In order to create a training set for RNNs one typically takes a sequence and turns it into a training set using the sliding window approach. For example if the sequence is:

1 2 3 4 5 6 7 8 9 

One can form a training set using a window size of 4 as follows:

1 2 3 4
2 3 4 5
3 4 5 6
4 5 6 7
5 6 7 8
6 7 8 9

In the above training set the first 3 columns are input features and the last column is the output (in a more realistic setting larger window sizes can be used).

Now actually this is a classical supervised machine learning training set. So I can use any supervised regression model such as linear regression or multilayer NNs. I can use an RNN model too. My question is this: what properties of the data sequence make RNNs a better predictor than linear regression or multilayer NNs? I anticipate some kind of answer like: when the past data is important for prediction. However, the past data (i.e., input features) is available for all methods. There must be some kind of structure in the inputs that makes RNNs suitable for prediction. If you can also also give some simple example sequences for illustration, it would be great.



1 Answer 1


Firstly, while you're specifically asking about future prediction, RNNs can be used in a variety of applications, including translation from one language to another, detecting a music instrument player in an audio file, speech recognition, and others.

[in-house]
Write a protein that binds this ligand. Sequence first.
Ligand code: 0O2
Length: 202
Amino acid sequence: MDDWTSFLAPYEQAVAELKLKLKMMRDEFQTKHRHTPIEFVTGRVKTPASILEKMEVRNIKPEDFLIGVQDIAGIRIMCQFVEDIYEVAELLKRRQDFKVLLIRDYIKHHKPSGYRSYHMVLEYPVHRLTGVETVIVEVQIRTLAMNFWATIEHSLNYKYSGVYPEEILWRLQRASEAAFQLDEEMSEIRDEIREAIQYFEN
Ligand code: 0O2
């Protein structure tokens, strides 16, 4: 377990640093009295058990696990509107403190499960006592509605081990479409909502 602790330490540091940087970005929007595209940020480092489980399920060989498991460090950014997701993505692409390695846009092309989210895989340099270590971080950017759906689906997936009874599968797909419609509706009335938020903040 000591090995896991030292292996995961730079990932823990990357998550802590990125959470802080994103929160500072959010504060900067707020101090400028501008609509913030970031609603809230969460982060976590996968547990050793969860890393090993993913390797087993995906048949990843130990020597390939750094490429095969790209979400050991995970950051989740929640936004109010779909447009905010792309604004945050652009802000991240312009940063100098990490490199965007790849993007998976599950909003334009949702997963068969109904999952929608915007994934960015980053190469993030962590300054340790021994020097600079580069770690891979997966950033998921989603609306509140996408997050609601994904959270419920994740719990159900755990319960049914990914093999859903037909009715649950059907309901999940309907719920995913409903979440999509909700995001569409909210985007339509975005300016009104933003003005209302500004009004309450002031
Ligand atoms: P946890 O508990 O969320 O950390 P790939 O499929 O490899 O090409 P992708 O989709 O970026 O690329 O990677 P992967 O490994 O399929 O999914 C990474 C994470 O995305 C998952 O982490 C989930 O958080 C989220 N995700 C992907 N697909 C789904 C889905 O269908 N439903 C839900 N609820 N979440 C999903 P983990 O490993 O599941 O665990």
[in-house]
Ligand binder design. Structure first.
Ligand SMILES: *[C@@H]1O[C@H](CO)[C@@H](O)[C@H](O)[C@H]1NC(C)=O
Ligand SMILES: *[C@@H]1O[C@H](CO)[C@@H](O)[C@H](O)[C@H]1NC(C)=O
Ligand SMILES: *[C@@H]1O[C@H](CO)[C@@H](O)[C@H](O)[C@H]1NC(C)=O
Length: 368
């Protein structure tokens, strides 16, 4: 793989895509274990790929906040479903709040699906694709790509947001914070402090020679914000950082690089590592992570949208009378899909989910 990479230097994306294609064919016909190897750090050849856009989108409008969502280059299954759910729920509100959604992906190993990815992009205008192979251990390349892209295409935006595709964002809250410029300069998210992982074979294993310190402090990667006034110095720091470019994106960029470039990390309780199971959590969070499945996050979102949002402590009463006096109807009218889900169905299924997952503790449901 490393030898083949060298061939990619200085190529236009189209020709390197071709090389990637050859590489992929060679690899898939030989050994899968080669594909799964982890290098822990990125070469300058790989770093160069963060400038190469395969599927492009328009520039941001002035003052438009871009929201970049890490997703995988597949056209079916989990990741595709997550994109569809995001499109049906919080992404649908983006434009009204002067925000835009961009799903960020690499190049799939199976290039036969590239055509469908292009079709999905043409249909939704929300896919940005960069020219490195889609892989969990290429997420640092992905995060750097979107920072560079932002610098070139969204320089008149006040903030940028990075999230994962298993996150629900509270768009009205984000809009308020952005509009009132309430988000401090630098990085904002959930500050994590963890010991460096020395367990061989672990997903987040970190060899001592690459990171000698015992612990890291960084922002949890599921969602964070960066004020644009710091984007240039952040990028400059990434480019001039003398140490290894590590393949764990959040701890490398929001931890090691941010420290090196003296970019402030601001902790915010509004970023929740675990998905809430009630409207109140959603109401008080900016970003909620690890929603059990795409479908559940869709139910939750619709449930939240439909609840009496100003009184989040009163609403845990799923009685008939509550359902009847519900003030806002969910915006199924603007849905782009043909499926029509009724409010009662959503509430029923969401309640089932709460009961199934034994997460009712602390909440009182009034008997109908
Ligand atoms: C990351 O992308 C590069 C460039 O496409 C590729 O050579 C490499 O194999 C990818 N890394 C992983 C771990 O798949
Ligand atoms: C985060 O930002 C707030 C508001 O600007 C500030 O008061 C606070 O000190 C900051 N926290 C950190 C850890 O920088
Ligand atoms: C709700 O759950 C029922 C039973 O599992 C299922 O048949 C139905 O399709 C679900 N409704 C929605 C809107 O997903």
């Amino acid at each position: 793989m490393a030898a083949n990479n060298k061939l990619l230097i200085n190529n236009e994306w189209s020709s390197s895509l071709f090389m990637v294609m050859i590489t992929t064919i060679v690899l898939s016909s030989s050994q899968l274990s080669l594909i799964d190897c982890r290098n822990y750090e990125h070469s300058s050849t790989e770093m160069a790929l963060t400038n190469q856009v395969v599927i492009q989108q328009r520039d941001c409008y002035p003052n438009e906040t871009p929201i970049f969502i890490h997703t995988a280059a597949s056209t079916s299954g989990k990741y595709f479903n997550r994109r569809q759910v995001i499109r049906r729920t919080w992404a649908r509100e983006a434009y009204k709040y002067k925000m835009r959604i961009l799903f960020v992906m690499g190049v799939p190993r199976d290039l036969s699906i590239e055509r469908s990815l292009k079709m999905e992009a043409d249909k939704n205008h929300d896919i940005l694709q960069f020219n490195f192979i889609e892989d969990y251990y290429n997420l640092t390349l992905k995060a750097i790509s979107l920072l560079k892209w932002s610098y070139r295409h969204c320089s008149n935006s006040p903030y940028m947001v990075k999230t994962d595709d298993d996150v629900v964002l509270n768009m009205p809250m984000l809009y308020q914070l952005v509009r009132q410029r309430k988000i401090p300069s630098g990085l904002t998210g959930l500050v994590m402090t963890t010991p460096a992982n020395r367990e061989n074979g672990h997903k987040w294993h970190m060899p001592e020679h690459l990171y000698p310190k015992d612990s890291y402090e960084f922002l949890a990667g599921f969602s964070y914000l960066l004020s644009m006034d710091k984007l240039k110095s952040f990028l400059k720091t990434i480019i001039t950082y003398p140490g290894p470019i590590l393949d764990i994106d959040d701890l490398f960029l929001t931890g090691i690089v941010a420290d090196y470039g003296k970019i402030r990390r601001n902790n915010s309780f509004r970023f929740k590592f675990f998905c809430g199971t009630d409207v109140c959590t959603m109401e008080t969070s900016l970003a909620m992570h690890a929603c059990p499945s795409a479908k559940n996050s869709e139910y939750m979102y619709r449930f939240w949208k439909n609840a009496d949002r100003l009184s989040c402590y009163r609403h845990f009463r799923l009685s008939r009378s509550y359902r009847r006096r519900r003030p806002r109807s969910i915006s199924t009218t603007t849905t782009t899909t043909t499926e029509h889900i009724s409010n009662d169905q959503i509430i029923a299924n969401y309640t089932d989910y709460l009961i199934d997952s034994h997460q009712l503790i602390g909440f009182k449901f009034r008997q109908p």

RNNs are especially well setup to deal with time-dependent series, since you are feeding it your input sequence step-by-step, one value at at time, and each value gets incorporated into the RNN in the form of "memory" (which can be short- or long-term). So, by design, not all points in your input series are treated equally, RNN "knows" about the order. At each step RNN can decide what information from the past to drop or pass on to the next step.

Another advantage of RNNs is that you set it up such that you can feed sequences or variable length to it and it will still perform well. It can also output variable length sequences. This is especially useful in applications like speech recognition, translation, sentiment analysis, and others where the input and/or output cannot be made to be constant length.

For many applications, including the one you described in your question, you can indeed use other ML algorithms and they may work perfectly well for you. But it's the versatility of RNNs combined with the power of deep learning that makes them so useful for processing ordered sequences and it's the reason why it's used in most of the state-of-the-art NLP applications.


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